I also change the settings (through the phone app) to keep north at the top of the screen instead of auto-rotating the map. When I’m stopped or making turns at low speed the GPS has a hard time knowing which direction I’m moving and so the map can get twisted around. Keeping north at the top means the map doesn’t rotate and I can more easily navigate.

Both of these tricks help especially on MTB trails where the trail twists and splits a lot.

Guitar Ted said...

@Nooge - As always, thank you for your thoughtful and detailed comments regarding the GPS journey I am on.

My response to you here is that "Option #1", we'll call it, is the option I will likely have to be using for an event, where the Event generates the route file. At that point, I am at their mercy.

This is why, if I were to go again to Gravel Worlds, let's say, I would try the GPS track, but I'm having written cues with me too. Just in case.

Option 2: this is something I'm going to see about with the Elemnt ROAM as well. I have a loop in the device already which was traced by the Elemnt ROAM.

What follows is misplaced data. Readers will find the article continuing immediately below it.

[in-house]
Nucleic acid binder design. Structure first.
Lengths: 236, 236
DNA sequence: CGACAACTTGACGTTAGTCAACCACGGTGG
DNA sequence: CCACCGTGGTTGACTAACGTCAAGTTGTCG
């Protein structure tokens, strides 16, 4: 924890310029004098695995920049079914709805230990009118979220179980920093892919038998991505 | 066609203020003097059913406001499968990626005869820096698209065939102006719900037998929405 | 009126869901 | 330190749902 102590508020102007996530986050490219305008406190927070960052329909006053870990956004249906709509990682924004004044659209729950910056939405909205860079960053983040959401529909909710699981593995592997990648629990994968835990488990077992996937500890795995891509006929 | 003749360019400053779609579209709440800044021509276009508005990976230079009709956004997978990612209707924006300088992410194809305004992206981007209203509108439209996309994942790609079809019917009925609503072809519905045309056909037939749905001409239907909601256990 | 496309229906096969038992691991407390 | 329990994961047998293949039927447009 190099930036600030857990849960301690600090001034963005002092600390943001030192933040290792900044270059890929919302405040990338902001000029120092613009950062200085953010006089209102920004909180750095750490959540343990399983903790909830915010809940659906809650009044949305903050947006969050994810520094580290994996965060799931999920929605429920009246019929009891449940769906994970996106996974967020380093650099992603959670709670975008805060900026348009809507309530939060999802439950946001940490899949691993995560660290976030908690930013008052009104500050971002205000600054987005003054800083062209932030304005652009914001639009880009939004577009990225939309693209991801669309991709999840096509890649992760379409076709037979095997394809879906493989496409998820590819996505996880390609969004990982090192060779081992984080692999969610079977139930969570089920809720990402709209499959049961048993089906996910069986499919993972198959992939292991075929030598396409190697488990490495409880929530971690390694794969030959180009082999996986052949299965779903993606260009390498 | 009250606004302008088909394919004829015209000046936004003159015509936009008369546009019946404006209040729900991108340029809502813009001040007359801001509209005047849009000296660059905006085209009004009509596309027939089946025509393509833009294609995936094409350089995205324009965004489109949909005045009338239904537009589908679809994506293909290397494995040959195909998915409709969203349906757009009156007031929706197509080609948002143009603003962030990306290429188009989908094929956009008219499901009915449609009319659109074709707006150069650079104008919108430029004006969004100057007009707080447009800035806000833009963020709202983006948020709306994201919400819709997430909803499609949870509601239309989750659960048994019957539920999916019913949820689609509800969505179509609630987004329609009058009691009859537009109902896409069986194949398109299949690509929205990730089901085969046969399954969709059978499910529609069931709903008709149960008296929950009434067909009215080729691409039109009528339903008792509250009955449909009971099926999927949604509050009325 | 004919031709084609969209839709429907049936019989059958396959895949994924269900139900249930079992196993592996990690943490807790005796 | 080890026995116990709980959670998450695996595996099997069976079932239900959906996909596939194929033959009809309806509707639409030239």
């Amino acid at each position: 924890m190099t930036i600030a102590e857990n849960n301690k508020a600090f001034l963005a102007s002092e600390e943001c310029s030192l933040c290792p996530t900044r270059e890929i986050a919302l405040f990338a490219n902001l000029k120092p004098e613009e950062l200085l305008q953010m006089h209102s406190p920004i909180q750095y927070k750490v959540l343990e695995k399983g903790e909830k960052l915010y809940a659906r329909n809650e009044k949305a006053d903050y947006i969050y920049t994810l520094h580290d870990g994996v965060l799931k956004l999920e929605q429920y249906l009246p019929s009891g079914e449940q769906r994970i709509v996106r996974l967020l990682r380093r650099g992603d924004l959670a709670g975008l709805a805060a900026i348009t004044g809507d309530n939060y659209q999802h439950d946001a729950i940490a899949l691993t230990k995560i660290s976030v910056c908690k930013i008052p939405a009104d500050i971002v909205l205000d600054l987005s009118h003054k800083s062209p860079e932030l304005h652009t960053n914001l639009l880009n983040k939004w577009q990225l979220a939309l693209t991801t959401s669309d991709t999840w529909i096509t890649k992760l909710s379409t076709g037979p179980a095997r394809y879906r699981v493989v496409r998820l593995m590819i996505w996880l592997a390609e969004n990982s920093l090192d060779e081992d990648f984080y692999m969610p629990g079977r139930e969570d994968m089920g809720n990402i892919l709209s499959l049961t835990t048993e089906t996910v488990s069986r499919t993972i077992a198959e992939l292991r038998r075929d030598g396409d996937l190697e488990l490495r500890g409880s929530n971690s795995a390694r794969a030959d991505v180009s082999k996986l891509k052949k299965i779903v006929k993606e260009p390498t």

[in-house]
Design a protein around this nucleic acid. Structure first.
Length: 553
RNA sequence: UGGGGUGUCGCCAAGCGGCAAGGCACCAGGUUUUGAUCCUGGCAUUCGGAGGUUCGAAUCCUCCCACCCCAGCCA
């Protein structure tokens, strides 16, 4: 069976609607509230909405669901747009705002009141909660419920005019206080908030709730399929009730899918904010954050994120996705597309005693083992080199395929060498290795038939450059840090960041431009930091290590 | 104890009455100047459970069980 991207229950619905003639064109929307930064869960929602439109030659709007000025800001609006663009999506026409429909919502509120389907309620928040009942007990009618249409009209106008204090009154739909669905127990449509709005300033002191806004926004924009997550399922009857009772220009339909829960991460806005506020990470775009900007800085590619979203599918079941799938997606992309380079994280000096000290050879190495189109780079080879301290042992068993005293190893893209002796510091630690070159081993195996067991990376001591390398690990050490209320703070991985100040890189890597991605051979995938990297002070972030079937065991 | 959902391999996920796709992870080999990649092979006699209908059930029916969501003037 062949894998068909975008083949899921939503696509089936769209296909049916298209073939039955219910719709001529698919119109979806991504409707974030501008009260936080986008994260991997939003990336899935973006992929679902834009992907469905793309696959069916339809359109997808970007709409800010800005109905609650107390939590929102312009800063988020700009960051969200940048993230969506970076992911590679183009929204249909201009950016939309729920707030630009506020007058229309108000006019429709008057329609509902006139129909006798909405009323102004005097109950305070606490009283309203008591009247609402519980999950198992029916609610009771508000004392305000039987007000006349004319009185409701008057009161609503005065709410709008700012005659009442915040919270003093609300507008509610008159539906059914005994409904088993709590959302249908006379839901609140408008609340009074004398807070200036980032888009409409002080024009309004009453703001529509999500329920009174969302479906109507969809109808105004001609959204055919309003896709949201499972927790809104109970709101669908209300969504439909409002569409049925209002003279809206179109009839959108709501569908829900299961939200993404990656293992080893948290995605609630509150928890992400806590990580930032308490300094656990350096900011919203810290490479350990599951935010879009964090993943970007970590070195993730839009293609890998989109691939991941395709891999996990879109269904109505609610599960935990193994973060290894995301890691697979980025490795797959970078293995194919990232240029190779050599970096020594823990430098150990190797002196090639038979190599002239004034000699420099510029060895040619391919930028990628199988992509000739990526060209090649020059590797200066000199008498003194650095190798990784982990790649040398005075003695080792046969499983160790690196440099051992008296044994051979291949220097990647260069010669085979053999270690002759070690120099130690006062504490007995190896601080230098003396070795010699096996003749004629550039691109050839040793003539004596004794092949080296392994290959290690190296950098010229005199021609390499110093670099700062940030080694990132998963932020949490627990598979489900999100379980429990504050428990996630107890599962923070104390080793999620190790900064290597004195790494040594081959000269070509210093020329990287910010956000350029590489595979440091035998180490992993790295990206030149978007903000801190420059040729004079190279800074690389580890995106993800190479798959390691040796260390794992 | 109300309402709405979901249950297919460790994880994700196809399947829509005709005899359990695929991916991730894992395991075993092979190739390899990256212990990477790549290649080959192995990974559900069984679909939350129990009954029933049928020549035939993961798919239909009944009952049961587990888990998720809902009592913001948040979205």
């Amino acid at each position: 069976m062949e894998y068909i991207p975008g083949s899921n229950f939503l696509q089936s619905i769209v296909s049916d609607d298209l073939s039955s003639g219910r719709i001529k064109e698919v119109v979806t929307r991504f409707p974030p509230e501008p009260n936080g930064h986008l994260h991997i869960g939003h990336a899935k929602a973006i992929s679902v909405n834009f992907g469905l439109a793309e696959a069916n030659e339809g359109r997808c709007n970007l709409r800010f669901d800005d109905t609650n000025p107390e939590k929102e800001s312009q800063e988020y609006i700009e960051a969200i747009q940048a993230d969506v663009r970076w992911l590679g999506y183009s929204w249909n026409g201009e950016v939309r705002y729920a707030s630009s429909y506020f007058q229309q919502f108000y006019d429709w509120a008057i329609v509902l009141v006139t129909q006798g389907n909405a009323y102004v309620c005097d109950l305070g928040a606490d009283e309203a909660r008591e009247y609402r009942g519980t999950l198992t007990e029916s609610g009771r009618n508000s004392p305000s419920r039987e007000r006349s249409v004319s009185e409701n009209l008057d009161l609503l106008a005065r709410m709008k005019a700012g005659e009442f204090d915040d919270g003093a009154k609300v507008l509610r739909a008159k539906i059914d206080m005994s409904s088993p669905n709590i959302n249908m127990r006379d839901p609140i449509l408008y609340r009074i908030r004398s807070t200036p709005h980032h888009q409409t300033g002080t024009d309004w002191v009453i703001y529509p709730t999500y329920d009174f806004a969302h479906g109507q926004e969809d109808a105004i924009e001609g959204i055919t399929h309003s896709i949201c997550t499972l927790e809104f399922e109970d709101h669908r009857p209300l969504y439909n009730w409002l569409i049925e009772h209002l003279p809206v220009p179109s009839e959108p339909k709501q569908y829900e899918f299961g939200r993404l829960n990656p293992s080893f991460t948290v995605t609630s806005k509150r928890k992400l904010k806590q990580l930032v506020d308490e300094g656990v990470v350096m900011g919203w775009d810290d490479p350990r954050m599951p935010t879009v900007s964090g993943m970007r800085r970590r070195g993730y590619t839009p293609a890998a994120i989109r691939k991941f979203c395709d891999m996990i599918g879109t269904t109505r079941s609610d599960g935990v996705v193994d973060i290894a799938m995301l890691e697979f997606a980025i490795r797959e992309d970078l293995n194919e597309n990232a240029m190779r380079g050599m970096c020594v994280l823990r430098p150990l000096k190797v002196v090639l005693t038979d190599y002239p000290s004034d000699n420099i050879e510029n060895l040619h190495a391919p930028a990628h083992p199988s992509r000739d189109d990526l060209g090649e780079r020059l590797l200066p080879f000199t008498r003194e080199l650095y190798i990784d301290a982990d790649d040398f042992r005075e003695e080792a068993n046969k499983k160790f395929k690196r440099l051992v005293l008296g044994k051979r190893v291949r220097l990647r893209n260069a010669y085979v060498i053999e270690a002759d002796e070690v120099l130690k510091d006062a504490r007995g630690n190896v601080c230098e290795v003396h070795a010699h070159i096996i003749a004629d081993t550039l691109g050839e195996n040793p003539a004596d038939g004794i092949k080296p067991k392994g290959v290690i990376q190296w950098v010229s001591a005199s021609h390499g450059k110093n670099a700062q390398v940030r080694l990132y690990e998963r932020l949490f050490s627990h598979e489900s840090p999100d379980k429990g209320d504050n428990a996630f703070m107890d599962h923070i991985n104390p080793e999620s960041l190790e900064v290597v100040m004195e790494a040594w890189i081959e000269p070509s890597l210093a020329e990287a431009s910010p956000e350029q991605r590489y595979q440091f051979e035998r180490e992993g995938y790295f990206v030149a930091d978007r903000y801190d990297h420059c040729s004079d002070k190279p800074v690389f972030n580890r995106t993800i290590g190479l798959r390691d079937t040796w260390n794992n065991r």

Option 3: This gets hairy here because most of the time the GPS programs will avoid gravel roads and on top of that, they don't know where the problematic dogs are, or where the cool dirt roads are that I may want to hit. For a quick route back to the house? Okay. Probably good for that, but to get to another town? It's likely going to default to county blacktops.

I do not have Strava, (I know, the horrors!), so that isn't an option for me. It's my belief that I shouldn't have to have something like that to enjoy turn-by-turn navigation, but I know many developers think that's what most folks want, so they develop around that preconceived notion.

Nooge said...